When the news came awhile back that my first grandchild was on the way, it was, in all candor, a major shock–a two-step process, like an earthquake and its attendant after-shock. The first-wave tremors brought joy, of course; I knew my daughter and her husband would be terrific parents and would cherish the child to come.
Then the aftershock rippled out: Wait! My daughter is having a baby, which means I’m about to become a…..well, I just couldn’t say it. The g-word simply would not emerge from my mouth. Sure, of course, naturally, the baby would be wonderful. But that, in turn, meant I was old enough to be a….(help me out and fill in that word here). Anyone who has been through this for the first time and has not been astonished to find herself old enough to welcome a new generation is…perhaps a more mature, self-aware adult than yours truly. But, I digress.
Once this news begins to spread, one of the first questions you get is, “What do you want to be called?”
This query generated enormous pressure, along with uncertainty, because, after all, don’t the children often make this decision by some comic happenstance? Best come up with a preference, I was advised, to at least steer it in a direction you like.
Still in denial, I began with the process of elimination. First: No g-words. Not Grandma, heaven forbid, or Granny, so much worse, or Nana (endearing and slightly historical, but not for me) or Grandmother (we are not the Queen of England, after all).
When scanning history for precedents, we all hear of examples that, like mosquitoes in August, cannot be eradicated with the most Olympian of efforts, but remain a bit embarrassing to explain to outsiders. Thankfully, these seem to victimize men a bit more frequently, who perhaps take it in better stride. There’s Peepaw (surely an accidental derivation of potty-training terminology), Pap-pap (is the grandfather a gynecologist?), and so forth.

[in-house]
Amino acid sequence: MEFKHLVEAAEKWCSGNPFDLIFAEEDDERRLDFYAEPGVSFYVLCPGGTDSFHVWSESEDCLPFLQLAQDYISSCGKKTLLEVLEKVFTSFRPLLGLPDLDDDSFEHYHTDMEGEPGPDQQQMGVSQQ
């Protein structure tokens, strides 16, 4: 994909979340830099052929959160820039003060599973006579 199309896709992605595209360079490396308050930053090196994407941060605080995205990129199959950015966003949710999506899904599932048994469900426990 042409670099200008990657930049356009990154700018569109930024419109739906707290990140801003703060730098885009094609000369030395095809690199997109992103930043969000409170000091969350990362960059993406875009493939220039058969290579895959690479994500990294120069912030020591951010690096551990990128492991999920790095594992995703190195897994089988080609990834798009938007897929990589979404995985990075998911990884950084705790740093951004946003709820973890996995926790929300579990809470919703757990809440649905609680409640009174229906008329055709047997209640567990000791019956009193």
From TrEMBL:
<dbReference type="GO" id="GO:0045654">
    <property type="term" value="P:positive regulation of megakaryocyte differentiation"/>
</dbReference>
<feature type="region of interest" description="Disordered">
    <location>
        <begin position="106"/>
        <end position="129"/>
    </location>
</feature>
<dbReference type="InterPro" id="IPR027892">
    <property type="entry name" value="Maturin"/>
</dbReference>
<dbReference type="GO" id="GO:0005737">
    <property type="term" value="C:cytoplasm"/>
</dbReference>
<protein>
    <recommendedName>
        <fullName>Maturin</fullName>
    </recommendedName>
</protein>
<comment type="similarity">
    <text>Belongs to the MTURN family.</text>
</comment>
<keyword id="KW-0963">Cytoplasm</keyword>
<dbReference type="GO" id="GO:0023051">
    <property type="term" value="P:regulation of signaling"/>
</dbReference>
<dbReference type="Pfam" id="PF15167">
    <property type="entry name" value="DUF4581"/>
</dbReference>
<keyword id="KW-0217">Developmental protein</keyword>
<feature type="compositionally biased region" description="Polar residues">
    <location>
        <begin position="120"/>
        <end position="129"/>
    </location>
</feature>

Our family has its own share of these so-called originals. Addressing the relational question “Who’s that?” when my toddler older sister pointed at my grandmother, my Mom answered logically, “That’s MY mama.” This quickly morphed into, and forever remained, Mamama, along with, its companion, Dadaddy. (Imagine our surprise to learn, decades later, of another family, completely unrelated, whose children coined exactly the same names for exactly the same reasons. Another illusion of uniqueness, gone like the wind.) We called my paternal grandfather Bubba, which seems ironic, in these times. He was a highly successful dentist, an excellent golfer, a lover of fine cars and elegant clothes; he certainly bore no resemblance to the rough-edged image currently conjured by that moniker in the South, rightly or wrongly. However, I sense that he and I are kindred spirits across the generations. The story goes that he told my older sister that he was his son’s (my father’s) brother, unwilling, like me, to acknowledge his age. My sister babbled “Bubba” for “brother,” and so he became.
A formal market research survey—okay, I asked a few of my friends—revealed I was not alone in seeking a G-title that would not evoke gray hair in a bun, an apron at the waist, and enthronement in a rocking chair. One chose Mimi, which I think rather elegant and continental. Someone mentioned Lovie, which is charming, but on the sugary side. “I’m going to be called Gran,” said another. “To me, that’s much sexier than other versions of the G-word. I don’t want people to think I’m 100 years old.” And so, the new generations arrive, while some of us—and you know who you are–still look in the mirror and defy it to tell us the truth.
As for me, I finally landed on a derivation of my own name, the endearment my father called me: Evie. It’s informal enough to convey a special bond, short enough for a child to say easily, and, far, far away from other realities, with which I continue to grapple in my head and heart.
Nevertheless, I am especially partial to the name my small grandson came up with, for reasons that escaped us all, for his grandfather on his dad’s side. After all, when genius comes from your own flesh and blood, how can you resist? It is pithy, features alliteration, and it even conjures a classic Stephen Foster tune:
Sometimes you just can’t improve on the work of a master.